Culture At Large

The Tithing Minority

Chris Salzman

Everybody's favorite polling group, Barna, has released their tithing numbers for 2007. Short story: not too many people tithe in the United States.

Whether they believe in the principle of tithing or not, few Americans give away that much money. In 2007, the research revealed that just 5% of adults tithed. Not surprisingly, some population groups were more likely than others to have given away at least ten percent of their income. Among the most generous segments were evangelicals (24% of whom tithed); conservatives (12%); people who had prayed, read the Bible and attended a church service during the past week (12%); charismatic or Pentecostal Christians (11%); and registered Republicans (10%).
Several groups also stood out as highly unlikely to tithe: people under the age of 25, atheists and agnostics, single adults who have never been married, liberals, and downscale adults. One percent or less of the people in each of those segments tithed in 2007.
Among all born again adults, 9% contributed one-tenth or more of their income. The study also showed that Protestants were four times as likely to tithe as were Catholics (8% versus 2%, respectively).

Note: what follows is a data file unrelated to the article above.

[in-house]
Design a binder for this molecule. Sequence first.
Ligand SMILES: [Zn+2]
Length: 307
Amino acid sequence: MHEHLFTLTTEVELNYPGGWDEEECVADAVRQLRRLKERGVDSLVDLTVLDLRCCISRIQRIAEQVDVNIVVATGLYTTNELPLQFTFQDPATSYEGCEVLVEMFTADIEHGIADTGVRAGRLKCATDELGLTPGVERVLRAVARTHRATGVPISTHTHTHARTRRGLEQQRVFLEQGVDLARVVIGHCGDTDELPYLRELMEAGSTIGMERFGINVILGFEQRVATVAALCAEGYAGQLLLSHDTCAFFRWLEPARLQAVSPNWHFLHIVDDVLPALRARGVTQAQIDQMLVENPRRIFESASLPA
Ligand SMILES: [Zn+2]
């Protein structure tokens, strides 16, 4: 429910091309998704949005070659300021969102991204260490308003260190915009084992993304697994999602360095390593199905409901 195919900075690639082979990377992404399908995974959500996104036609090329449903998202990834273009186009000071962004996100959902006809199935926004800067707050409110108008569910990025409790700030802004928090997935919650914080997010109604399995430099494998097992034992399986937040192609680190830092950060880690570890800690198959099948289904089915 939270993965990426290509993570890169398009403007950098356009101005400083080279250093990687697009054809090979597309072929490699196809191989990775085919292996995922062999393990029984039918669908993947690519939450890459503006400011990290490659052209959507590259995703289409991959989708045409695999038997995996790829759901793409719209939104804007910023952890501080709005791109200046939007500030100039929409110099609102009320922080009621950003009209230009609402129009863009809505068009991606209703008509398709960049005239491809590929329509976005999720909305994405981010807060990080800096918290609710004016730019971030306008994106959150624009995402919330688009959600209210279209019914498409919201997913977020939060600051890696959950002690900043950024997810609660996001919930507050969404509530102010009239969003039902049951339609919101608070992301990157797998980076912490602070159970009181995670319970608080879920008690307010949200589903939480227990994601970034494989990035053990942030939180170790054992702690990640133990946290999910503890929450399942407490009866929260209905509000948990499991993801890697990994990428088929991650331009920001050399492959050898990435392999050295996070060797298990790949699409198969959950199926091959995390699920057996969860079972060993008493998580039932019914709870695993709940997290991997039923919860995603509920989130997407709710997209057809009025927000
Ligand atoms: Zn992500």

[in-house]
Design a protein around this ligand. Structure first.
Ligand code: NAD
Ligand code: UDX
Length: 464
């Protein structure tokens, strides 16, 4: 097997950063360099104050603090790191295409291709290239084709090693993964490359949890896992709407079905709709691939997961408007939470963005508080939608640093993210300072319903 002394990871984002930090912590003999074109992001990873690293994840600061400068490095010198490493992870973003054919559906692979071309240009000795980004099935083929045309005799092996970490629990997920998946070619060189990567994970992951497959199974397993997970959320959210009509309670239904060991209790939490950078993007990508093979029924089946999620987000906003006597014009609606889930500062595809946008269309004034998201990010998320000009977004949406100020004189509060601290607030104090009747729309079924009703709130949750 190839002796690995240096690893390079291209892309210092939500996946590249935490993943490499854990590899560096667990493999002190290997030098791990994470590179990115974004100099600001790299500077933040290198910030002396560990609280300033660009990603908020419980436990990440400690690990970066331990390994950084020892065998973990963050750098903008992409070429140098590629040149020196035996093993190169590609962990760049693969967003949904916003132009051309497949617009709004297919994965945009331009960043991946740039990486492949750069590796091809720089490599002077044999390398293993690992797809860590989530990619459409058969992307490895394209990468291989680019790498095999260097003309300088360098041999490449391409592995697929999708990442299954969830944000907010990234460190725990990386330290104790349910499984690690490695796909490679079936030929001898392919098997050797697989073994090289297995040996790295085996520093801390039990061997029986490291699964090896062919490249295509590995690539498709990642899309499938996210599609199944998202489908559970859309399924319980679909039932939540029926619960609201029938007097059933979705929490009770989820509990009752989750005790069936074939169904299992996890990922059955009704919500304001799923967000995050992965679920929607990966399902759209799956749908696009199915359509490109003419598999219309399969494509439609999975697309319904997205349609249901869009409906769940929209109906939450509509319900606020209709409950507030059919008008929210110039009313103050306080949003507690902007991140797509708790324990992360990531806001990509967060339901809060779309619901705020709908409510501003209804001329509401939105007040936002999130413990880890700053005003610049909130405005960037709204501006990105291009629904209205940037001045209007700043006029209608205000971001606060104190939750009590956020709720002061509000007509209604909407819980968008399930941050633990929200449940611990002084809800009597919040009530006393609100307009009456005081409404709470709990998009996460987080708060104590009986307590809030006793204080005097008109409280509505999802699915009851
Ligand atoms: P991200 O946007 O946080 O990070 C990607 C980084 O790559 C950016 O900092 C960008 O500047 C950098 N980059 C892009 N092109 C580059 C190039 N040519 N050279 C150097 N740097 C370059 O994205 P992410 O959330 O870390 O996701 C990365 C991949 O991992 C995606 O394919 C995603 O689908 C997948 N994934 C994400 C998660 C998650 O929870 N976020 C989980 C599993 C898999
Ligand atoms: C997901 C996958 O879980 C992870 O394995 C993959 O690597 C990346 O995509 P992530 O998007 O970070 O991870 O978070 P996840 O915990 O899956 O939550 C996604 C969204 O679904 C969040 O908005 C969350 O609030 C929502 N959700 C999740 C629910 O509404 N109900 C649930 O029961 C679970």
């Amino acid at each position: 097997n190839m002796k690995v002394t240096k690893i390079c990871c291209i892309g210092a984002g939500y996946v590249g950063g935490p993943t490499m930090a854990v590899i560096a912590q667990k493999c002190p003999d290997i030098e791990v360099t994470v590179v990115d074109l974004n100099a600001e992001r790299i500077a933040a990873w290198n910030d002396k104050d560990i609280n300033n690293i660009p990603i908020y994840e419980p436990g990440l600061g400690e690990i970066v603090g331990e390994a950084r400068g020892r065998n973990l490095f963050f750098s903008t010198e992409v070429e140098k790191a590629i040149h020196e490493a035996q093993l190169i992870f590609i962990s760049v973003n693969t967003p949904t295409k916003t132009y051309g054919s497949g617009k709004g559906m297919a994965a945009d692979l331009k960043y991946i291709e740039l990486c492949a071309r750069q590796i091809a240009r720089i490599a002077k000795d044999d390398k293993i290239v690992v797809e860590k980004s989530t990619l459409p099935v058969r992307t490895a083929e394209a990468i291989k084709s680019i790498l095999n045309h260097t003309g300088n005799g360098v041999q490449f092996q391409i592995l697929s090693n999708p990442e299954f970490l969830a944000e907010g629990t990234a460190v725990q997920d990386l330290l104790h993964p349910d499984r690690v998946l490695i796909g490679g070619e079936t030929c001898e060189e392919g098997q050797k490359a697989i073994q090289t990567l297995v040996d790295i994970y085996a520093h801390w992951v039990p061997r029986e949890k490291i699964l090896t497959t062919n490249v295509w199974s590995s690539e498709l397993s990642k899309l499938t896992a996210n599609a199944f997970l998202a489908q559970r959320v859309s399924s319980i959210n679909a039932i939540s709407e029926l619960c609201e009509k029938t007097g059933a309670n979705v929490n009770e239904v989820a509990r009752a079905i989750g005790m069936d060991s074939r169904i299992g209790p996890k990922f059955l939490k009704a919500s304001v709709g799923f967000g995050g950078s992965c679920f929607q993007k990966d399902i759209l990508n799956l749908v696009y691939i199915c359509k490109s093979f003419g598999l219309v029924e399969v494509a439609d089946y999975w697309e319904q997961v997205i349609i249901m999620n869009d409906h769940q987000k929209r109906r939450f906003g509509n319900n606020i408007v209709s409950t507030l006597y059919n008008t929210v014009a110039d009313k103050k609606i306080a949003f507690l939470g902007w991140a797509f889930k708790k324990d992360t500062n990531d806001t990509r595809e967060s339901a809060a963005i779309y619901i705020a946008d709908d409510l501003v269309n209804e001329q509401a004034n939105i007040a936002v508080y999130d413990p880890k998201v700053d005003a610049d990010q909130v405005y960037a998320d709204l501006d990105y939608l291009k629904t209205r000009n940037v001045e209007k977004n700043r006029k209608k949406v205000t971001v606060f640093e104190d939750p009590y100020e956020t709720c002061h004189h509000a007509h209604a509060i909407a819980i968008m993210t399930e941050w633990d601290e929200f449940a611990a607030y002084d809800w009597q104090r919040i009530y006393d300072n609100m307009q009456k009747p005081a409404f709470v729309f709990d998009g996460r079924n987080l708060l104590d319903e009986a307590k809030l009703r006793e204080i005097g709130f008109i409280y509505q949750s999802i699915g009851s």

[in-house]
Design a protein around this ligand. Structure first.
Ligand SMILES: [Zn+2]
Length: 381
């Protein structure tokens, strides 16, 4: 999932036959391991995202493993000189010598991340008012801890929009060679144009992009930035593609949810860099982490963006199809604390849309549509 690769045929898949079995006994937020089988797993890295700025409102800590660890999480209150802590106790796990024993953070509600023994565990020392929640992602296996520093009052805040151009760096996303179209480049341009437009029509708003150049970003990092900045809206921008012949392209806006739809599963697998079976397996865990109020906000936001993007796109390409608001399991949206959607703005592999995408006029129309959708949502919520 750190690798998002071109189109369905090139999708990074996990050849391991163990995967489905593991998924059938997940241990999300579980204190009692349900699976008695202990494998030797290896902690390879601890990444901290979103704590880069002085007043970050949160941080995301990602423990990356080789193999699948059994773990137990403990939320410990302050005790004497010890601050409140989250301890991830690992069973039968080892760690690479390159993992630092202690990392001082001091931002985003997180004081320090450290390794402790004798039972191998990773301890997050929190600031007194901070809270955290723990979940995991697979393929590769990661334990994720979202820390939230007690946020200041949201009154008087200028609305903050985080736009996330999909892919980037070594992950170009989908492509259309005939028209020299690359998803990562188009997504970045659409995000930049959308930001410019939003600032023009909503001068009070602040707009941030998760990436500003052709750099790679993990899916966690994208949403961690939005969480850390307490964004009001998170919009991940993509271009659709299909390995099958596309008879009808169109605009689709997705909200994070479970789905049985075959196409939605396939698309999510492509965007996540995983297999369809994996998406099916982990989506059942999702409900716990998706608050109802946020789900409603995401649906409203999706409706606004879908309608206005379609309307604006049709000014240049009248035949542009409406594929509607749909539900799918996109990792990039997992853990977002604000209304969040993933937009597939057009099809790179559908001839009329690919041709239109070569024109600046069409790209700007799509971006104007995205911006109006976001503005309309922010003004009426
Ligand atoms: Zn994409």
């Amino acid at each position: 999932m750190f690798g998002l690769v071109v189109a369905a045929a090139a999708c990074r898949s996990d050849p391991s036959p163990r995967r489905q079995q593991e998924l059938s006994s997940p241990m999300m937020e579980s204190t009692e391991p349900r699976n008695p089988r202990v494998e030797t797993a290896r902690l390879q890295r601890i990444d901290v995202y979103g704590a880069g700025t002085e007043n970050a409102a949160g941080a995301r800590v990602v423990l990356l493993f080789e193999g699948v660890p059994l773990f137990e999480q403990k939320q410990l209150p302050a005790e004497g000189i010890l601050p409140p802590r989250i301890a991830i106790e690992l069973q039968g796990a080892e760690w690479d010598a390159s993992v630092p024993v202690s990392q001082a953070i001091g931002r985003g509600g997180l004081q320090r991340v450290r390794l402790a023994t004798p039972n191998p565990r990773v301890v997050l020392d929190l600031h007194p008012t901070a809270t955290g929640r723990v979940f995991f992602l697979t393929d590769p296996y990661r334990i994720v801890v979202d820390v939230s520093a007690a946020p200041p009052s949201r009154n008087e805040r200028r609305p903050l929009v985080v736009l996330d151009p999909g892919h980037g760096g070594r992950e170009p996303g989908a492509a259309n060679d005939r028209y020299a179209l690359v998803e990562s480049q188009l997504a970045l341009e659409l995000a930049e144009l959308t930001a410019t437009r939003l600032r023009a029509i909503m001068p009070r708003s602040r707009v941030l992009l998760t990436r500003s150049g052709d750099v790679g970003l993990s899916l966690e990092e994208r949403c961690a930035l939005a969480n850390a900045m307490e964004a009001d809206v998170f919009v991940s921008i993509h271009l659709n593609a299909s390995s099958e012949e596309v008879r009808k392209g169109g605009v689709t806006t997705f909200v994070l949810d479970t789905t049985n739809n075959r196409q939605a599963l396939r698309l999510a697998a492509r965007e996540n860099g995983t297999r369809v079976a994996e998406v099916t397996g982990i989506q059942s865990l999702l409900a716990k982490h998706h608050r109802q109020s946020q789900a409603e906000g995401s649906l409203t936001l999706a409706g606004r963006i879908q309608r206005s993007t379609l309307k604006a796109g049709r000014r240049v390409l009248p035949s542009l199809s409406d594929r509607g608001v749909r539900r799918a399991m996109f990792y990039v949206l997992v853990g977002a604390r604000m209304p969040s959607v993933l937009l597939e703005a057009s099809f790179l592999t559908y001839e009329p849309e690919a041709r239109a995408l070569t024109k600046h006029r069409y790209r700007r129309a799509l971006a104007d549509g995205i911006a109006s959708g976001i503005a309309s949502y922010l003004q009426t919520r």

Tithing Since 2000
The percentage of adults who tithe has stayed constant since the turn of the decade, falling in the 5% to 7% range. The Barna tracking reported that the proportion of adults who tithed was 7% in 2006 and 2005; 5% in 2004 and 2003; 6% in 2002; and 5% in 2001.

The following quotation by Barna mirrors how I've seen in my own giving recently. Namely, rather than giving exclusively to a local church Americans are giving directly to other ministries and charities.

"Born again adults remain the most generous givers in a country acknowledged to be the most generous on the planet," said the veteran researcher. "But their donation decisions must be seen in the larger context of the changes occurring in a wide range of religious behaviors. With millions of people shifting their allegiance to different forms of church experience, and a more participatory society altering how people interact and serve others, many Christians are now giving their money to different types of organizations instead of a church. They attend conventional churches less often. They are expanding their circle of Christian relationships beyond local church boundaries. And they are investing greater amounts of their time and money in service organizations that are not connected with a conventional church. That doesn’t make such giving inappropriate or less significant, it’s just a different way of addressing social needs."

"The choices being made by born again donors have huge implications for the non-profit sector. Realize that a majority of the money donated by individuals in the U.S. comes from the born again constituency," Barna pointed out. "If this transition in the perceptions and giving behavior of born again adults continues to accelerate, the service functions of conventional churches will be redefined within the next eight to ten years, and conventional churches will have to adopt new ways of assisting people in need."


Topics: Culture At Large, News & Politics, Media